June 26, 2019

The first night of the Democratic debates is now behind us, and incredibly, almost every Democrat performed well. Massachusetts Sen. Elizabeth Warren was widely considered to be one of the big winners, with Jezebel trumpeting it was her night. The New Republic named former Housing Secretary Julián Castro the "big winner." Former Maryland Rep. John Delaney, Ohio Rep. Tim Ryan, and Washington Gov. Jay Inslee got badly-needed recognition, and social media ate up Hawaii Rep. Tulsi Gabbard, New York Mayor Bill de Blasio, and New Jersey Sen. Cory Booker.

In fact, the only candidate who seemed to be getting crickets after the debate was former Texas Rep. Beto O'Rourke:

"Beto is in over his head," The Cut ruled. Even famed pollster Frank Luntz agreed:

That isn't good news for the former Democratic darling, who desperately needed a breakout. O'Rourke is currently polling around 3 percent in RealClearPolitics' aggregate, putting him in sixth place in the more than twenty-person pool. Jeva Lange

June 26, 2019

Early party primary debates are all about shaking out the differences between the candidates. Perhaps no question did that more starkly on Wednesday night than an inquiry about the biggest geopolitical threat to America. Democrats couldn't agree on an answer, with the 10 candidates giving replies all across the board — and globe.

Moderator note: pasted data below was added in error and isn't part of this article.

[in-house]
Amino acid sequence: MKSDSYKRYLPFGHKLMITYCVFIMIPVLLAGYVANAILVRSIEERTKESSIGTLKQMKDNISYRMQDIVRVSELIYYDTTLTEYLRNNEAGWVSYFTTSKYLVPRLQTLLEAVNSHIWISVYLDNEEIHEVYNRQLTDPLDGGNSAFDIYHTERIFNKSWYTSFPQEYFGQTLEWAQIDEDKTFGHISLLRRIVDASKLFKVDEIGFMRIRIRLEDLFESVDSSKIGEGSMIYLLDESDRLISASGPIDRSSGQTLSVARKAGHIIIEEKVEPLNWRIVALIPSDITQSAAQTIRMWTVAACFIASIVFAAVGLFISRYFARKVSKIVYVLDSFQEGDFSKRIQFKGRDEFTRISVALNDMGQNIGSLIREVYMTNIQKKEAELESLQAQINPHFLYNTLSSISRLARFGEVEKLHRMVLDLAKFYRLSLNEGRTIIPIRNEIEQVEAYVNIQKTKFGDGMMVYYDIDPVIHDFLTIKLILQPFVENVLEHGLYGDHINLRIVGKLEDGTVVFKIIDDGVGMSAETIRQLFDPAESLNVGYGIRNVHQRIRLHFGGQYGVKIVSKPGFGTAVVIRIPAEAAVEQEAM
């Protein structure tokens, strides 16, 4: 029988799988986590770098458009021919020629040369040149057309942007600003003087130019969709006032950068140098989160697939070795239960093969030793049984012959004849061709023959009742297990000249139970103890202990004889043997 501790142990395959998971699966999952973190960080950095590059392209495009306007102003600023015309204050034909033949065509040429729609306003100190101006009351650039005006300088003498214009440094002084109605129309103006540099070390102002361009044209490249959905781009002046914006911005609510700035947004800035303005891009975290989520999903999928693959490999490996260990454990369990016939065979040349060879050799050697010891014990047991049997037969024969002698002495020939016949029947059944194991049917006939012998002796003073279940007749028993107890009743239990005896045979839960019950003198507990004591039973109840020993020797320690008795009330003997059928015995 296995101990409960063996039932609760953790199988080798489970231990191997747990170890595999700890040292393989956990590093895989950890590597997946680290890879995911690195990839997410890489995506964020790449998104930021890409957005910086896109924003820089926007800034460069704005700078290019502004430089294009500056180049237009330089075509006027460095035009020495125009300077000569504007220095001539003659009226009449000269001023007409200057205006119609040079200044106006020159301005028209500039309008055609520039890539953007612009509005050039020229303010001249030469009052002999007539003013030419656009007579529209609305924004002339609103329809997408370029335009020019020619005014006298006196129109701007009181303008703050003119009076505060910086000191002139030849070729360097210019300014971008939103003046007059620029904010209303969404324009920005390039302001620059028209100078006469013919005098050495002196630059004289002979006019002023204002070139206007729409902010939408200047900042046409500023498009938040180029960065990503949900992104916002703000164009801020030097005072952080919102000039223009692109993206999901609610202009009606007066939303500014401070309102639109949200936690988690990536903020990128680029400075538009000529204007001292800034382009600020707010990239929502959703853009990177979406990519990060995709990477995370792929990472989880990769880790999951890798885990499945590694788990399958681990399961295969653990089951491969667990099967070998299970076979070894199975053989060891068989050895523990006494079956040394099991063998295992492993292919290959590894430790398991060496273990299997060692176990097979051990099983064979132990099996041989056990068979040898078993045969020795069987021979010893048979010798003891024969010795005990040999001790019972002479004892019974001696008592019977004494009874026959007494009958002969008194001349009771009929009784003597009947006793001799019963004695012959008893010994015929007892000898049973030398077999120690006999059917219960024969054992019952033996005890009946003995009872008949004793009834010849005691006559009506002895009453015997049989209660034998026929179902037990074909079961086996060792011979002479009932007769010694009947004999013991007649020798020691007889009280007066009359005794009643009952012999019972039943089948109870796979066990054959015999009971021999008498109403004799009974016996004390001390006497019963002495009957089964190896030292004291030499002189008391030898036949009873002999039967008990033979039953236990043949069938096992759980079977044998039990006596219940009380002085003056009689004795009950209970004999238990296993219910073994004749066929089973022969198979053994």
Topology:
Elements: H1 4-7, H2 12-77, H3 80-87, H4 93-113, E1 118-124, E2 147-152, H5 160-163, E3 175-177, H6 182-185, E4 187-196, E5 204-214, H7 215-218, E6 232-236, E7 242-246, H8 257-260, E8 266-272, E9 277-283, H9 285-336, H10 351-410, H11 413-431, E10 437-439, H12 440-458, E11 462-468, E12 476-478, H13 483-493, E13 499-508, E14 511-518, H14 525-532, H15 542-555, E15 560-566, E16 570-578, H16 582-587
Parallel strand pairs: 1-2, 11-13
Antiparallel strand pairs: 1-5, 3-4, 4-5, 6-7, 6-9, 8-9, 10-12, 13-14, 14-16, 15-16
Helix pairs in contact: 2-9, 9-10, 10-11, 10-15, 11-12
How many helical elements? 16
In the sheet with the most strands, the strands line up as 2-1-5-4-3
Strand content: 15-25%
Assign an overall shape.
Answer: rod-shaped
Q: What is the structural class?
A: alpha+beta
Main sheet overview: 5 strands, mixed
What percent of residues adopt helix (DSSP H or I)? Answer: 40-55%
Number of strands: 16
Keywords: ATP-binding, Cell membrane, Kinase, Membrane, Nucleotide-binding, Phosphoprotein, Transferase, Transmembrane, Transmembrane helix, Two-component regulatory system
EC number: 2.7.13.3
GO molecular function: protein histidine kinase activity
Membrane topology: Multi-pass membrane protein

Former Maryland Rep. John Delaney, Minnesota Sen. Amy Klobuchar, Ohio Rep. Tim Ryan, and former HUD Secretary Julián Castro all gave "China" as all or part of their answers. Former Texas Rep. Beto O'Rourke and Massachusetts Sen. Elizabeth Warren both answered "climate change," which was also given a nod by Castro and New Jersey Sen. Cory Booker. Nuclear weapons were mentioned by Delaney, Booker, and Hawaii Rep. Tulsi Gabbard. New York City Mayor Bill de Blasio named Russia. Klobuchar also named Iran as one of her concerns.

But perhaps the biggest applause of all went to Washington Gov. Jay Inslee for his answer: